Volunteer Identified Remains At Ground Zero, Will Dedicate 9/11 Memorial
A longtime funeral director is on call to identify victims in disasters around the country. By far, his biggest job was 9/11, and a series of cemetery monuments will never let him forget.
When Palatine resident Rick Lohrstorfer says a few words Sunday at the dedication of a 9/11 memorial in Ridgewood Cemetery in Des Plaines, he’ll only allow himself a brief flashback to the horrors he experienced in New York.
Lohrstorfer was called upon to help identify the victims of the terrorist attacks. A funeral director and general manager, Lohrstorfer was part of the Disaster Mortuary Operational Response Team (DMORT). He worked with families still uncertain of the fate of loved ones and he worked to identify victims of the attacks through the scant remains being extracted from the rubble of the Twin Towers.
Doing a grisly job with professionalism
“We need to be ready to go within 12 to 24 hours,” Lohrstorfer said.
The chaos of 9/11 was still sorting itself out when Lohrstorfer, part of a second group of forensic workers, flew to New York eight days later. With all commercial flights grounded, the first group boarded a military transport plane escorted by fighter jets on Sept. 13.
“The immensity of the event was still developing, and we were setting up teams,” Lohrstorfer said. “Everyone started out as a missing person. People were reported missing by several different family members.”
Lohrstorfer’s group worked the overnight shift at the New York medical examiner’s office, but occasionally were assigned to duty at Ground Zero.
“The first time we went to Ground Zero, no one even spoke or talk,” he said. “You had on respiratory gear.”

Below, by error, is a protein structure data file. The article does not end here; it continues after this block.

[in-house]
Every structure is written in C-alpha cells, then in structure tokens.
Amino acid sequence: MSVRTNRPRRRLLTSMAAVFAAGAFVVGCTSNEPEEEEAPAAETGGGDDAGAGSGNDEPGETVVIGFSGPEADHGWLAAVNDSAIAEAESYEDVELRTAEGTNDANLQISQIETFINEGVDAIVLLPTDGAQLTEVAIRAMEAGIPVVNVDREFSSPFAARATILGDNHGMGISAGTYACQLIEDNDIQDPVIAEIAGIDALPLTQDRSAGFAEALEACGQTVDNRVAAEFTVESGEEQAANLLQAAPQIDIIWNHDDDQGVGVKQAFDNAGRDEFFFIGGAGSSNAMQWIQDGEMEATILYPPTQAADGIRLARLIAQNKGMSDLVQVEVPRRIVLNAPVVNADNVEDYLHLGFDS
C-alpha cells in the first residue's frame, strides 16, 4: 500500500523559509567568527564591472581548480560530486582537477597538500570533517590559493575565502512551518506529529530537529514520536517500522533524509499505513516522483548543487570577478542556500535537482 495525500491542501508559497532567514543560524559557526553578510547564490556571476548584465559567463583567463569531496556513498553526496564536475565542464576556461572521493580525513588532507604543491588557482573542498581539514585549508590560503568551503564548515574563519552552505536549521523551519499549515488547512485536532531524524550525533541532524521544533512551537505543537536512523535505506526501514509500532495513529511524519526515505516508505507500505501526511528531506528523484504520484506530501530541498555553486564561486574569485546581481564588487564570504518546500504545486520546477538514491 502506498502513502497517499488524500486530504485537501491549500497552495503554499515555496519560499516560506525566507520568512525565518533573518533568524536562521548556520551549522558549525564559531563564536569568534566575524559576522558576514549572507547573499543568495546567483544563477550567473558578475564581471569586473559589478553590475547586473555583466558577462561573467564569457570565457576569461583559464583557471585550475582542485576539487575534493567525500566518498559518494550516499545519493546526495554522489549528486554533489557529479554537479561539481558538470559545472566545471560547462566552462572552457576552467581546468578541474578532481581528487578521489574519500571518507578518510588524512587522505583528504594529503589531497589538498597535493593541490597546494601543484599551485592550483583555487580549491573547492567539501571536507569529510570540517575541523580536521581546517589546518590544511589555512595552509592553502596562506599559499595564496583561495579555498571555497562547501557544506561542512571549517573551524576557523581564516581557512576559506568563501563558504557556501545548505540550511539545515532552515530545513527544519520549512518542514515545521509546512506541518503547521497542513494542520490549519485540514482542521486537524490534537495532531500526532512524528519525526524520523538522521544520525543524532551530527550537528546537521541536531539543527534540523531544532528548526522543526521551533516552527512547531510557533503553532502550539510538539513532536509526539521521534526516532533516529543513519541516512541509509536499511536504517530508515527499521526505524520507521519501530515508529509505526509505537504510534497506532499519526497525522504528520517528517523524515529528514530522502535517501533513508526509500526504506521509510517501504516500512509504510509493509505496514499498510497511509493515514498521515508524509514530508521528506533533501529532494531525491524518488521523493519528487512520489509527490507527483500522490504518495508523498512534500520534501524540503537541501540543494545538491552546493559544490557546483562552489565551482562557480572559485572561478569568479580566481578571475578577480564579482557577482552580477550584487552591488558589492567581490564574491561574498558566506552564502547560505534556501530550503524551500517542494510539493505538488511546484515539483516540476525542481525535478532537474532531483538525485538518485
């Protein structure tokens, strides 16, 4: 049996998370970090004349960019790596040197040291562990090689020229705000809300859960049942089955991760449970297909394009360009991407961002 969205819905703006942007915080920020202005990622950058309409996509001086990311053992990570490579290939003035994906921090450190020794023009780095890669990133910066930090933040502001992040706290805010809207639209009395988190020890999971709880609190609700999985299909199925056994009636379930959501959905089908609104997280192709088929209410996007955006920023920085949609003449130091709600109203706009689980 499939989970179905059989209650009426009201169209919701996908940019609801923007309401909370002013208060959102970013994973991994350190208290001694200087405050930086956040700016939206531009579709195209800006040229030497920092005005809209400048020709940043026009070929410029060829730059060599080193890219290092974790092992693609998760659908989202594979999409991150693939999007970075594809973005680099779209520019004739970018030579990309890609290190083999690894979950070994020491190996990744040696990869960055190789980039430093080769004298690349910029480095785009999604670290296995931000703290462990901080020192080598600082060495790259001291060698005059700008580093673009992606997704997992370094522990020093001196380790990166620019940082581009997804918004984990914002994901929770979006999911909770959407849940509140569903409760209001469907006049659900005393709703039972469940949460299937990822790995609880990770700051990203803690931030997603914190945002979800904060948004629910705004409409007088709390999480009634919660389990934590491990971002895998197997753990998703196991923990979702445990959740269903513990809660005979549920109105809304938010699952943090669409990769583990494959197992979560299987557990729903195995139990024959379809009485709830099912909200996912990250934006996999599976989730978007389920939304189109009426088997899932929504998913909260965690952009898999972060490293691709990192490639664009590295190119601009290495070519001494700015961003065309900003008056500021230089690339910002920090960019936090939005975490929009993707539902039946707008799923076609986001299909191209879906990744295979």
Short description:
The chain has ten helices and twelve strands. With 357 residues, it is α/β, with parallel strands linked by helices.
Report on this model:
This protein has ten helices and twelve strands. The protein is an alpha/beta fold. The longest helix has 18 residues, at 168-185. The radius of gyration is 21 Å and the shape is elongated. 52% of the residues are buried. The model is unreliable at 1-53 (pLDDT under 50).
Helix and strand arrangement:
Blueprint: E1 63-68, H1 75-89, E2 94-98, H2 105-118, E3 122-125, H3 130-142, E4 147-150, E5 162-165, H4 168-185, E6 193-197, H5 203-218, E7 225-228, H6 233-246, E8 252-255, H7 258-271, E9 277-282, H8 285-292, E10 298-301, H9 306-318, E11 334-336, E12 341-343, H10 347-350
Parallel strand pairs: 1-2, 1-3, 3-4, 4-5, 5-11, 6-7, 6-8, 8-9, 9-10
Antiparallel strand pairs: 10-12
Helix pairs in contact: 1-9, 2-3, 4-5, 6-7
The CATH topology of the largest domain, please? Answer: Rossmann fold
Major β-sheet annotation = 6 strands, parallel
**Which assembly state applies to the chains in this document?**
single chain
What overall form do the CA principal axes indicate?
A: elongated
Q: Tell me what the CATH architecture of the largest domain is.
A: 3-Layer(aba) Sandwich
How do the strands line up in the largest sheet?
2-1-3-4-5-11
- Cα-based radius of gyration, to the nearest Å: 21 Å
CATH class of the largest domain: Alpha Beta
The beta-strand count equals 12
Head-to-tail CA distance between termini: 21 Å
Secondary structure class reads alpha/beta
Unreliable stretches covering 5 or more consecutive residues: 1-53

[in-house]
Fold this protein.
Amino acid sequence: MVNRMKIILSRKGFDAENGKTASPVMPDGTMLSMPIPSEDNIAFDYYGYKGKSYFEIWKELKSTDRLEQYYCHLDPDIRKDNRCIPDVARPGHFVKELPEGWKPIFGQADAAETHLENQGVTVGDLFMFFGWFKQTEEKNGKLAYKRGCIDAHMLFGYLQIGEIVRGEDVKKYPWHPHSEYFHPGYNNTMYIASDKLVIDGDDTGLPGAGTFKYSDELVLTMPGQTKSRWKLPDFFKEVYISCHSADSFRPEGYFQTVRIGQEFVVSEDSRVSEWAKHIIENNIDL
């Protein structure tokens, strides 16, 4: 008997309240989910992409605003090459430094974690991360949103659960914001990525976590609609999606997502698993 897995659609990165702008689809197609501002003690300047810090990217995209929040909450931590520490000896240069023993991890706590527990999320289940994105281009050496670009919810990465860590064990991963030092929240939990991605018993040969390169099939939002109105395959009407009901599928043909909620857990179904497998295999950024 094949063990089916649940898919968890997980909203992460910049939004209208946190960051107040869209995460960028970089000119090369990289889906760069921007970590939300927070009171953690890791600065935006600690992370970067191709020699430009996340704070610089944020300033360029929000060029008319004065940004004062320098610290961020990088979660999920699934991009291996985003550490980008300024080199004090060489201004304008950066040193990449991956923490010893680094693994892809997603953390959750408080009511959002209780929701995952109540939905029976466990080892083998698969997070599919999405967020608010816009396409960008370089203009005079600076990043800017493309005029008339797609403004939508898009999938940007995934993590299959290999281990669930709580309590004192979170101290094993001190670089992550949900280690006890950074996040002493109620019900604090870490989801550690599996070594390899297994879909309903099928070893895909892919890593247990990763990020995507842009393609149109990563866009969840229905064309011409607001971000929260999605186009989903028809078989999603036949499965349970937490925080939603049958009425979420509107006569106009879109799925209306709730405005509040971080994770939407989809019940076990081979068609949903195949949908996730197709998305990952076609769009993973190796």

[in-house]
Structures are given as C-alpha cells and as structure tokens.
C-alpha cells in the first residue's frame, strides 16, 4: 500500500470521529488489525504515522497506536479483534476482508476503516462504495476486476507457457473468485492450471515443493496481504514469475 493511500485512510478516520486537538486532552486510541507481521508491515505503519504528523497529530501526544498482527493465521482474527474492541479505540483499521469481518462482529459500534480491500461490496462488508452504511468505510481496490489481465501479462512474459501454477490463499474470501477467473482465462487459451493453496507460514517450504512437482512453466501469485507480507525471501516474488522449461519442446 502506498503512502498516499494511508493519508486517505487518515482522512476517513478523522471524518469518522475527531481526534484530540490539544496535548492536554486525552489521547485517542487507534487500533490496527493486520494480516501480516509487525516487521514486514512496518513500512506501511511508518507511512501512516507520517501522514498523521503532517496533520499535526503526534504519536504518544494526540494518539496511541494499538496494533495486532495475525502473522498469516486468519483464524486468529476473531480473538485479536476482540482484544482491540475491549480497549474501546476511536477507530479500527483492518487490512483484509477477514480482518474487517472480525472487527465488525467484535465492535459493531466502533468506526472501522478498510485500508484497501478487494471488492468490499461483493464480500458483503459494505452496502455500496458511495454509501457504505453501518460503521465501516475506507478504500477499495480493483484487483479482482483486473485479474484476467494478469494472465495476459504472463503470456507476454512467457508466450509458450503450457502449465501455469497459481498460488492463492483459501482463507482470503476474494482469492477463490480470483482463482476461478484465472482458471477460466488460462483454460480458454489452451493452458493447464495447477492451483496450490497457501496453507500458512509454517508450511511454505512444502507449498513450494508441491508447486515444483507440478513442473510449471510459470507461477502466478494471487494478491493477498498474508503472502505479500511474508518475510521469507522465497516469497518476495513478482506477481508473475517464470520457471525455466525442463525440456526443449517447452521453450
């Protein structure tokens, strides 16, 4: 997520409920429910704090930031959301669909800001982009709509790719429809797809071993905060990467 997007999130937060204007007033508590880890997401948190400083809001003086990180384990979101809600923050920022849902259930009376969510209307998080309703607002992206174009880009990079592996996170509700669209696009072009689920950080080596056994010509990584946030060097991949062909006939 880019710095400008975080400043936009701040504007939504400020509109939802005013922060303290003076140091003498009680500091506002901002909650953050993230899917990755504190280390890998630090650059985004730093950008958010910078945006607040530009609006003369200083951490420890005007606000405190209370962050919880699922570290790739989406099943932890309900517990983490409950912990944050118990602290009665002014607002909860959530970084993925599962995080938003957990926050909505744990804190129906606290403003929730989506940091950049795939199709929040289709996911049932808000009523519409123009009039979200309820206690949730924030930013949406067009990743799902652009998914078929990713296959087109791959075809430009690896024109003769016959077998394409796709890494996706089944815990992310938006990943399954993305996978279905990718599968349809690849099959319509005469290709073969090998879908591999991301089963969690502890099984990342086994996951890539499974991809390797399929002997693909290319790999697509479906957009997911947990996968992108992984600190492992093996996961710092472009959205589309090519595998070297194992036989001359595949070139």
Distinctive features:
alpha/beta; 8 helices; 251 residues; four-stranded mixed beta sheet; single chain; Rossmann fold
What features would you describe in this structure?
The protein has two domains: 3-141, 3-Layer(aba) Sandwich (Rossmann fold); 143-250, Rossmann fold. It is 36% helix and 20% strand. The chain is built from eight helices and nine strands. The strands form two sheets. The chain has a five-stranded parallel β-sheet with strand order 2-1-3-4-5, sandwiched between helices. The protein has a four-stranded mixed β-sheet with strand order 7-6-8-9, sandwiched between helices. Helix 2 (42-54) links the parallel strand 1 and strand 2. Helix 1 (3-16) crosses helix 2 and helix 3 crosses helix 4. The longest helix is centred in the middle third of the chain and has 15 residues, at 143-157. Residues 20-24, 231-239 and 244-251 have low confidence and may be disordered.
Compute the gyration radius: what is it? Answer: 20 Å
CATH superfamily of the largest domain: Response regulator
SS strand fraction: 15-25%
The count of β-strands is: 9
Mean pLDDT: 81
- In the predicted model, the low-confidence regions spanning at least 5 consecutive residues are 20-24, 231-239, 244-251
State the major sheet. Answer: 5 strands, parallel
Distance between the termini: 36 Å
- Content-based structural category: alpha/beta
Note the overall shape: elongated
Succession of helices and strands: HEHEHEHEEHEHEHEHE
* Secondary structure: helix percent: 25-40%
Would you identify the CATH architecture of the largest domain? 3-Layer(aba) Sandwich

The sense of destruction suggested a small nuclear weapon had detonated nearby, minus the radioactivity, to collapse a pair of 100-story buildings and surrounding structures.
“No one ever realized a plane could be that kind of a weapon," Lohrstorfer said. “Even the people who did it didn’t anticipate it.”
Lohrstorfer’s crew, which included EMS, police and fire personnel, used every means possible to identify remains, which in many cases “were almost vaporized,” he said. Employed were fingerprints, dental records and extensive use of DNA matches.
Daily distraction was needed
To distract themselves from their nightly horror shows, the crew would meet every afternoon and participate in an activity.
“We’d go for a fairly long walk in Central Park,” Lohrstorfer said. “We were the first group to visit the Empire State Building when it opened. You needed to keep yourself in balance. But you knew that’s what you were there for. That helped you stay grounded.”
Lohrstorfer came home with renewed perspective: “Live every day to its fullest; there are no guarantees,” he said.
Five years later, his family gave him a trip to see the New York he missed the first time around. He attended a Broadway show. Of course, he visited Ground Zero and was interviewed by WLS-TV’s Kevin Roy there.
“This renewed our Americanism,” he said. "America had a real awakening about what this is all about. It renewed the spirit in all of us.”
Artifact from Twin Towers included in Memorial
In 2002, the Alderwoods Group, made a commitment to construct a 9/11 memorial in each of the cemeteries it owned. Lohrstorfer was involved in designing each one and attended each dedication.
The memorial at Ridgewood will feature a relic of the Twin Towers. It's a twisted steel beam, the type of which has been distributed to fire departments and municipalities nationwide. The three- to four-foot beam will be integrated with the memorial along with photos of New York scenes. The dedication ceremony will feature an honor guard and flag ceremony.
“People can always come there,” Lohrstorfer said. “It was an honor to be a part of this team.”